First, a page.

The activities in this guide will help students understand variations in environmental parameters by examining connections among different phenomena measured on local, regional and global scales.
List of all Biosphere Lesson Plans
Students will practice constructing claims using evidence and reasoning.
Students analyze historic plant growth data (i.e., Peak Bloom dates) of Washington, D.C.’s famous cherry blossom trees, as well as atmospheric near surface temperatures as evidence for explaining the phenomena of earlier Peak Blooms in our nation’s capital.
Use the Data Literacy Cube to guide students’ exploration of mapped data of the Earth System to enrich their observations and inferences. This is a flexible resource that may be used with a variety of mapped images. This activity requires a map of Earth data for students to evaluate.
NASA visualizers take data – numbers, codes – and turn them into animations people can see and quickly understand.
Check out the Arctic and Earth SIGNs video to explore how climate models are used in climate change research.
This activity is designed to introduce students to geologic processes on Earth and how to identify geologic features in images. It will also introduce students to how scientists use Earth to gain a better understanding of other planetary bodies in the solar system.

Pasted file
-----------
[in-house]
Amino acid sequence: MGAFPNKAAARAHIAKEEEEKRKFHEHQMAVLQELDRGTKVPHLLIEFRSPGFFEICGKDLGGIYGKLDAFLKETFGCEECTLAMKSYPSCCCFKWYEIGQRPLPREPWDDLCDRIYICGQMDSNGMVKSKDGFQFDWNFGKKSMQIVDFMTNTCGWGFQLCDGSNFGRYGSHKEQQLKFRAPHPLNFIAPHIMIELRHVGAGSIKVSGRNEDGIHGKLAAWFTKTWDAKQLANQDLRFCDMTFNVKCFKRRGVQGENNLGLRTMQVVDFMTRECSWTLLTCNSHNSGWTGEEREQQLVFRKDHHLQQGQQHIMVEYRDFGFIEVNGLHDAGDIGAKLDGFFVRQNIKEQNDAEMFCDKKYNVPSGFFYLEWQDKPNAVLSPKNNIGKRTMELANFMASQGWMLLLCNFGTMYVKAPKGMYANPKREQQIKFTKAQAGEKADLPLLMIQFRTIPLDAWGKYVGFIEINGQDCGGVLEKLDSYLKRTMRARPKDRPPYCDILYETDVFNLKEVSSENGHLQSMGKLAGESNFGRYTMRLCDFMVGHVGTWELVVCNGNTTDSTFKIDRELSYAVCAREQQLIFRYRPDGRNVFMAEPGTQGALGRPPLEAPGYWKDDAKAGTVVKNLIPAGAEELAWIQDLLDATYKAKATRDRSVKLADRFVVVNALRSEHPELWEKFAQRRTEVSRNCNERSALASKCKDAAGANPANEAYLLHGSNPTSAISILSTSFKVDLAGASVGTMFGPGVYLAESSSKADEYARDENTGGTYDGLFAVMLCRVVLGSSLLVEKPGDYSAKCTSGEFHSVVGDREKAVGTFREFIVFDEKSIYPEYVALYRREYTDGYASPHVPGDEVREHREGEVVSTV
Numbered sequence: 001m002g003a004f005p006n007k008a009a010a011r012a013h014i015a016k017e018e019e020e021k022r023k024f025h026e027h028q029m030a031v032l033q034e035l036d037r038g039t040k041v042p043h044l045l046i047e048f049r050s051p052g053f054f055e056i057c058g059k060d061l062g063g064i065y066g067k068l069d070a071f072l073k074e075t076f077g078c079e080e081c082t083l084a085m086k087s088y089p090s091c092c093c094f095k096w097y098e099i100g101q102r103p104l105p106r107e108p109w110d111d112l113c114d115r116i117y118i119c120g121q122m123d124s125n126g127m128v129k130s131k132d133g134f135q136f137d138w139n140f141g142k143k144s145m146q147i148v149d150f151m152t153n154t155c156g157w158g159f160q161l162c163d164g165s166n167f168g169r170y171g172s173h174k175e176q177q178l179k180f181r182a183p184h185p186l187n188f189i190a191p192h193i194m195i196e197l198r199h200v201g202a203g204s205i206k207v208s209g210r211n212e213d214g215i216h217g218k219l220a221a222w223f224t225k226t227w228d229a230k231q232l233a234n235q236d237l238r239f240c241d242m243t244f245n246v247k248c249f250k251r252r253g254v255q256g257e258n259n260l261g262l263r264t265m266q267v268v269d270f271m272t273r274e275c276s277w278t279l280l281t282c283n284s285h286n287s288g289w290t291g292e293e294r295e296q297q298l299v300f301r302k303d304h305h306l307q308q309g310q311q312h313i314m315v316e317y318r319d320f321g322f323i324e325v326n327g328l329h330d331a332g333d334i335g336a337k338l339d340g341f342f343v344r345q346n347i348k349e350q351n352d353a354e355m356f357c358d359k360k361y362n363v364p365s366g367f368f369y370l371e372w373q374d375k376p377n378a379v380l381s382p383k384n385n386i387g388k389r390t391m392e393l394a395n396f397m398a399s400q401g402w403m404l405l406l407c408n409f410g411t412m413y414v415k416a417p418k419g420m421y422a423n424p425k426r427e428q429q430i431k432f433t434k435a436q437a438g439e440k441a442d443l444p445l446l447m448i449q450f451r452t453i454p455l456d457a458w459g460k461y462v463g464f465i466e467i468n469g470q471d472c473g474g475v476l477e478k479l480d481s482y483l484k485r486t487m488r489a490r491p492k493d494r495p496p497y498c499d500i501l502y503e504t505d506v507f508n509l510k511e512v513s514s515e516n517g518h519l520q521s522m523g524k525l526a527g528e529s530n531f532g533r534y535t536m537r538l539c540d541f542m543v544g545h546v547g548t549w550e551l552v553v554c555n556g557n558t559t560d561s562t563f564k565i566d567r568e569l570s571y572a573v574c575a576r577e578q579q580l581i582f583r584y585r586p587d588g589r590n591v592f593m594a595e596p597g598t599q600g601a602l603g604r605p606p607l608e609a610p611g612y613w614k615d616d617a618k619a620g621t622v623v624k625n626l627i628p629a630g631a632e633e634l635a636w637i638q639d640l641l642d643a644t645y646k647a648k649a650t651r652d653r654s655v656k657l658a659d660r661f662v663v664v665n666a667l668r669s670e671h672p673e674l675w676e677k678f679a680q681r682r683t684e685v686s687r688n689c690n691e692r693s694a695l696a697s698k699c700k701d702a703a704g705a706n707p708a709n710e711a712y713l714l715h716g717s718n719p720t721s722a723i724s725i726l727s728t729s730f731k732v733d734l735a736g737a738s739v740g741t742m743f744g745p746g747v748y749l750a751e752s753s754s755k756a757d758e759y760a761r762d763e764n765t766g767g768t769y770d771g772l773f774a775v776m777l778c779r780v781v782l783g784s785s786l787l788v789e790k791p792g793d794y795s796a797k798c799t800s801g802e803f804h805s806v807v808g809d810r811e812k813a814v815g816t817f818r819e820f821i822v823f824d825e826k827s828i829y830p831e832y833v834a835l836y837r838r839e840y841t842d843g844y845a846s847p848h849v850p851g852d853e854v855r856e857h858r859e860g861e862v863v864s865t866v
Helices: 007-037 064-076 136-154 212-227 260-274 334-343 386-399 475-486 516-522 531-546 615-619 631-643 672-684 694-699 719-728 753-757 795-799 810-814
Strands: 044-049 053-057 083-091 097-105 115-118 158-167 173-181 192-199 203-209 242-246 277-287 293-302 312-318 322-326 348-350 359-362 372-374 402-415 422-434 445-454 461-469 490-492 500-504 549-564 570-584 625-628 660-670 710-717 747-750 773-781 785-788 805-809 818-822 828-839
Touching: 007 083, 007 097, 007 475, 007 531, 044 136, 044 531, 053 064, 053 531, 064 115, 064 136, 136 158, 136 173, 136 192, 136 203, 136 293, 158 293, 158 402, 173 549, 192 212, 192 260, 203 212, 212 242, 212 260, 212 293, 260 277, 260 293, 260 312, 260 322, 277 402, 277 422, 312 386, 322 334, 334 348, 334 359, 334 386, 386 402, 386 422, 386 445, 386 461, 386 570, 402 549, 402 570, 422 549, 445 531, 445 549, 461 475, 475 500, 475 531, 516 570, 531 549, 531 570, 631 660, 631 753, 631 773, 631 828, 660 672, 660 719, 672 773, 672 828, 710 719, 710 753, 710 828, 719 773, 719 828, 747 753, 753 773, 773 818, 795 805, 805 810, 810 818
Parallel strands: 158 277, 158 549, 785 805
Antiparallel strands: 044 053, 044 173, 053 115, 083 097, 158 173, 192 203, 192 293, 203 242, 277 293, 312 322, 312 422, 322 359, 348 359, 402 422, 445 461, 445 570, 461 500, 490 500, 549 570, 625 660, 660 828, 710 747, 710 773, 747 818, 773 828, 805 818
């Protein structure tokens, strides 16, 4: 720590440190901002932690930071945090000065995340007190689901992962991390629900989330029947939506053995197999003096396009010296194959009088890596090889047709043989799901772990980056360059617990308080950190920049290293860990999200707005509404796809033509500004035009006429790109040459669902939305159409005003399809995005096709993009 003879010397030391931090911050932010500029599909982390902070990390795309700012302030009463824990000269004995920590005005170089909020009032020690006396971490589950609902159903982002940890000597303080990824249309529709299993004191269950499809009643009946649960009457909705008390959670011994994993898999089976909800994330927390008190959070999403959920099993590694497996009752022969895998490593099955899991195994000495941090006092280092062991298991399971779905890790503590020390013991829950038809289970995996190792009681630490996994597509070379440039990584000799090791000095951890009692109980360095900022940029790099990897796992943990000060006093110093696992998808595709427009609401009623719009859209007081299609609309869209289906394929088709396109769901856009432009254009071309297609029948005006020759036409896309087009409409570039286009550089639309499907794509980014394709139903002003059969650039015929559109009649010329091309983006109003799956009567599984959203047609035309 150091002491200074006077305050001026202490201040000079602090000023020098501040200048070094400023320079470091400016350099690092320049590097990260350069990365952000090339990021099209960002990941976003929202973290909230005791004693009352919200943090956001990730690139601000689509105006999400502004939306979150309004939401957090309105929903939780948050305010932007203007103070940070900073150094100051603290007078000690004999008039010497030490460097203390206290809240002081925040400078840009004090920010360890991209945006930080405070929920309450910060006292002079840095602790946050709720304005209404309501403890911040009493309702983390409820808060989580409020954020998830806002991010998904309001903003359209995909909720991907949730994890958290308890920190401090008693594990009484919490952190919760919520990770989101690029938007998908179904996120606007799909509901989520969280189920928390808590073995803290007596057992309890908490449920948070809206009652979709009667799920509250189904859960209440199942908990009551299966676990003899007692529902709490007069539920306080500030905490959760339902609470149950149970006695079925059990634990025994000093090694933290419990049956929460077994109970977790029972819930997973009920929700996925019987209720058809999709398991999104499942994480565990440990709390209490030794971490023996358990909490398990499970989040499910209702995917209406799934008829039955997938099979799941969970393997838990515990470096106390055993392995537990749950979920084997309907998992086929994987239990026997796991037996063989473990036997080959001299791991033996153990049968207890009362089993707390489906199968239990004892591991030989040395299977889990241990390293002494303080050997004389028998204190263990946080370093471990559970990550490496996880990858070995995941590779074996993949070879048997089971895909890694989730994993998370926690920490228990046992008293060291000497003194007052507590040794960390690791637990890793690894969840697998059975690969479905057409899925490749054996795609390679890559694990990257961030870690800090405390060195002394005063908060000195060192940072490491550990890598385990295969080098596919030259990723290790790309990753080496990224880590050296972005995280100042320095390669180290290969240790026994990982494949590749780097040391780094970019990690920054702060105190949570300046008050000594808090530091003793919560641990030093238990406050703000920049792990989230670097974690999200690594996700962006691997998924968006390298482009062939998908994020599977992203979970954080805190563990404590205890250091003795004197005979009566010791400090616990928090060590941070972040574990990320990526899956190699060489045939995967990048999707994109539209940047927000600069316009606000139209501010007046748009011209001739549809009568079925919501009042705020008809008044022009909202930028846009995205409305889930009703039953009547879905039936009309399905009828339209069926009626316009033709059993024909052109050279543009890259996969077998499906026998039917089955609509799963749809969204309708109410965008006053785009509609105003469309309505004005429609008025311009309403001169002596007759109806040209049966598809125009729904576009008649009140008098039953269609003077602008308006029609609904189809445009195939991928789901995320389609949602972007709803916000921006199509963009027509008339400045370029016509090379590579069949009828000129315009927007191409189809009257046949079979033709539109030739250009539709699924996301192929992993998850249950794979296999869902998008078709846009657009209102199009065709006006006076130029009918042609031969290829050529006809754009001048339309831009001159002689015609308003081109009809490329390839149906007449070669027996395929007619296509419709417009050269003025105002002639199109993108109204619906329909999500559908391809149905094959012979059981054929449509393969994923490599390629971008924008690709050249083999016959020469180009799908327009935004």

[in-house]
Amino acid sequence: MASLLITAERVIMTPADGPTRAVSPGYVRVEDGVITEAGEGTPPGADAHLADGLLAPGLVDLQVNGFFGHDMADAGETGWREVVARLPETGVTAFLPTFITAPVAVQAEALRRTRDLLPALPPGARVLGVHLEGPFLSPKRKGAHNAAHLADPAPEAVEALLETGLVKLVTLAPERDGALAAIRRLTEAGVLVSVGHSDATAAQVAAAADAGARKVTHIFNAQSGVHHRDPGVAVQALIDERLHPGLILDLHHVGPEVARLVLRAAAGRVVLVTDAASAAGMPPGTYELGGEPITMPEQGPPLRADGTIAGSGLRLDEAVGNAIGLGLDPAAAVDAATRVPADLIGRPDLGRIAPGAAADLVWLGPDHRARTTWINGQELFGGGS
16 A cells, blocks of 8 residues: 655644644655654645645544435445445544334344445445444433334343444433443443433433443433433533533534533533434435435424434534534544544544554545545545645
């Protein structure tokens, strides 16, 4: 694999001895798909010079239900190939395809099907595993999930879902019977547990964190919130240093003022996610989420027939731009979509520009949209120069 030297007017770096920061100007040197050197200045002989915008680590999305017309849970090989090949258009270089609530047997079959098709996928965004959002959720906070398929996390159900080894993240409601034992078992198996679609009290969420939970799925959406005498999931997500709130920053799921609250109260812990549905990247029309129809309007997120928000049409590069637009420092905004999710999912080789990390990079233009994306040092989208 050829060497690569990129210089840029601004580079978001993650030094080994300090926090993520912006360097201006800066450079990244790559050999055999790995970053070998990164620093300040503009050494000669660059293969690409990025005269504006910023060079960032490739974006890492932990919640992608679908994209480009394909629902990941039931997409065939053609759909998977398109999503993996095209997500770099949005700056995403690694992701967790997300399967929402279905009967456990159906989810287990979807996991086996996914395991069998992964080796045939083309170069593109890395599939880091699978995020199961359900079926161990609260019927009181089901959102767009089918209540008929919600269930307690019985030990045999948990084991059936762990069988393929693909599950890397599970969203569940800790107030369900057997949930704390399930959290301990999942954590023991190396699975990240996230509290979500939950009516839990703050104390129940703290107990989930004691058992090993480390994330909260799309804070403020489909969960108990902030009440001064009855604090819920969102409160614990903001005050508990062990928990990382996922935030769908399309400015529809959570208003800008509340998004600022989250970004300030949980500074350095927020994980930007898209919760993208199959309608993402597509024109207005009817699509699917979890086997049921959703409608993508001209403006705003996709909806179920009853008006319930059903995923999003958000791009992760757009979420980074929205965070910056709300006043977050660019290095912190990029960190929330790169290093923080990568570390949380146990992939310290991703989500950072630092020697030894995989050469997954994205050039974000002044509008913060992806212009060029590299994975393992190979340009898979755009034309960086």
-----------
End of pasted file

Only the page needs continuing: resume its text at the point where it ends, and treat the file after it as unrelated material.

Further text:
Students are introduced to the Earthrise phenomenon by seeing the Earth as the Apollo 8 astronauts viewed our home planet for the first time from the Moon. They will analyze a time series of mapped plots of Earth science variables that NASA monitors to better understand the Earth System.
This investigation is part of the NASA: Mission Geography Module "What are the causes and consequences of climate change?" that guides students through explorations in climatic variability and evidence for global climate change.
This USGS activity leads students to an understanding of what remote sensing means and how researchers use it to study changes to the Earth’s surface, such as deforestation.